Steps necessary for college independence include the IRS approval of the Continuation Fund non-profit status, the Ohio attorney general’s approval of the transfer and the approval of banks that are holding bonds from Antioch University. The ACCC is hopeful that the attorney general and IRS approvals will take place without incident since both the ACCC and the university are in agreement, Derr said. The university attorneys are currently working on approvals from the bond holders, he said.

Currently, under the direction of the ACCC board pro tempore, Derr is working on a myriad of tasks necessary to re-open the college. These tasks include assessing building conditions (with the help of alum John Feinberg, a historic preservation specialist, and the Stanley Consultants), making sure the Internet is up and running and talking to arborists about the condition of campus trees.

The ACCC has also begun taking applications for the approximately 40 faculty and staff positions that will be open in September. That number includes all college employees, including the staff of Glen Helen, Derr said, along with five to six new faculty members from a range of disciplines. All current employees will need to re-apply for their positions, he said.

The new faculty members, who will be called Arthur Morgan Fellows, will work to develop curriculum and activities on campus this year, which organizers describe as a “symposium year,” during which the college will host a series of lectures, events and performances that will be streamed on the Web to alumni across the country.

It is not clear yet if former Antioch College faculty will be hired nor the length of the contracts, according to Derr, who said the ACCC has received a good response to its employment ads.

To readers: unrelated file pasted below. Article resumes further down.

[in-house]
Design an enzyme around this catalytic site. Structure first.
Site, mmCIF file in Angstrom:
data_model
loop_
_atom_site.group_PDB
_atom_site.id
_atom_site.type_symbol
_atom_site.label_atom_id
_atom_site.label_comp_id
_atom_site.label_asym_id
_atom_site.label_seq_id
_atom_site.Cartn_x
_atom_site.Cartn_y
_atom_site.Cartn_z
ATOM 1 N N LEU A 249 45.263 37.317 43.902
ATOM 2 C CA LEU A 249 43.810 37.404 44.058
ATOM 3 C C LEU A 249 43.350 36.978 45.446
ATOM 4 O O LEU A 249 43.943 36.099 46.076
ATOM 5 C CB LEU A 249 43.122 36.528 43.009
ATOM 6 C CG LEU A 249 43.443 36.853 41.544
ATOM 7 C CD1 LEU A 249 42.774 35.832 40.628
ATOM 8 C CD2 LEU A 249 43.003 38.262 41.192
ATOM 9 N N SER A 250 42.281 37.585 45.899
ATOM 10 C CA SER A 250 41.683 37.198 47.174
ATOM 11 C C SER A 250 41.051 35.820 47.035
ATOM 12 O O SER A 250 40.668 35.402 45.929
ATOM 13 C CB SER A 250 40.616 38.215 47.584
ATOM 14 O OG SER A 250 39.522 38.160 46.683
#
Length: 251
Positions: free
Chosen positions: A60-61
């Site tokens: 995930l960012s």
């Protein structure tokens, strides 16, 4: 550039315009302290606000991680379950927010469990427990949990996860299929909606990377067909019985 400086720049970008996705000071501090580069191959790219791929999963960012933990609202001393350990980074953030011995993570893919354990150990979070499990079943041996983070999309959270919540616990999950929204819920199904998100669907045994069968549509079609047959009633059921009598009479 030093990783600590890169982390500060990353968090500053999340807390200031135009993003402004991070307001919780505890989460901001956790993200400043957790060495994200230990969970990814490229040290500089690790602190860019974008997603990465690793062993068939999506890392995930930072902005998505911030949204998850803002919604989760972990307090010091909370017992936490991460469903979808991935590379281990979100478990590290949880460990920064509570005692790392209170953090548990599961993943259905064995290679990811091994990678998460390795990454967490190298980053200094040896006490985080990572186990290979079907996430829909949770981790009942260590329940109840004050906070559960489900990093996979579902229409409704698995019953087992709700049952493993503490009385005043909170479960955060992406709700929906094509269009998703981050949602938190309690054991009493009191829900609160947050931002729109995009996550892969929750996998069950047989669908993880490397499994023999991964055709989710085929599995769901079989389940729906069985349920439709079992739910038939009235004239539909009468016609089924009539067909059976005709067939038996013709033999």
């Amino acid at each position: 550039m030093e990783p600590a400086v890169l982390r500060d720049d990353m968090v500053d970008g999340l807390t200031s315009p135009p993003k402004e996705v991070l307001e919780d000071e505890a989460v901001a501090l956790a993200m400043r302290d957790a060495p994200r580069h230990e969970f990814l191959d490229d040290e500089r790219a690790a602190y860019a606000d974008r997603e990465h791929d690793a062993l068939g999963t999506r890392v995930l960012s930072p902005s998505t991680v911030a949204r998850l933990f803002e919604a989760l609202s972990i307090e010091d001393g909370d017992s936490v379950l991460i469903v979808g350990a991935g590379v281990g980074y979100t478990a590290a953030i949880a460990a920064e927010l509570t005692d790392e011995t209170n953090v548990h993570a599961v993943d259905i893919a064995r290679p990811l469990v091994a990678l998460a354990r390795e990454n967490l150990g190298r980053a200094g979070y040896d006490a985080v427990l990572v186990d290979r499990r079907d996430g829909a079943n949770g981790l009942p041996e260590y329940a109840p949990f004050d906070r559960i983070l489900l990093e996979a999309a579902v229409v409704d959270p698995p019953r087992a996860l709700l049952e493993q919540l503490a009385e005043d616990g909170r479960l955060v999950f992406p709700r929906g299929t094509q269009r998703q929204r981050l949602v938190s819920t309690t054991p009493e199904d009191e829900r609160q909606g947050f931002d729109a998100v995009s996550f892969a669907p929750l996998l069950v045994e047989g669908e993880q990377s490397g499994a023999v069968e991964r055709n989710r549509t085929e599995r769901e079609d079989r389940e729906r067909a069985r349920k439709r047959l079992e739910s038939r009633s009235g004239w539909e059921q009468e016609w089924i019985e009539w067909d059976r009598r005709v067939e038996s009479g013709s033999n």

One of the first events on campus will be the alumni reunion on Oct. 2–4, at which organizers expect a big attendance, Derr said.

“It’s the most important alumni event in the last two years,” he said.
ACCC organizers will also launch a major fund-raising drive this fall. While they have raised $10 million since the letter of intent between the ACCC and the university was signed in January 2009, they need to raise about $50 million in the next five years, he said.

If the closing takes place as scheduled on Aug. 31, the event will mark the end of a two-year effort by Antioch College alumni to reopen the college, which was closed in July 2008 due to financial exigency. Two previous alumni attempts to transfer the college were unsuccessful, but the ACCC, after a year of negotiation in a task force with Derr, Lee Morgan and university trustees Dan Fallon and Jack Merselis, signed an agreement with the university at the end of June.

The effort to revive the college is valuable not just for alumni and potential students, but also for higher education in America, according to Derr, who said that Antioch has always led the way for other liberal arts colleges. While Antioch pioneered the model of incorporating real-world work experience into a student’s academic career, now the college can take the lead in showing the relevance of liberal arts colleges in today’s world.

“Antioch College is a cause that’s critical in higher education,” Derr said. “It has to be not only for our own gratification but for a greater purpose.”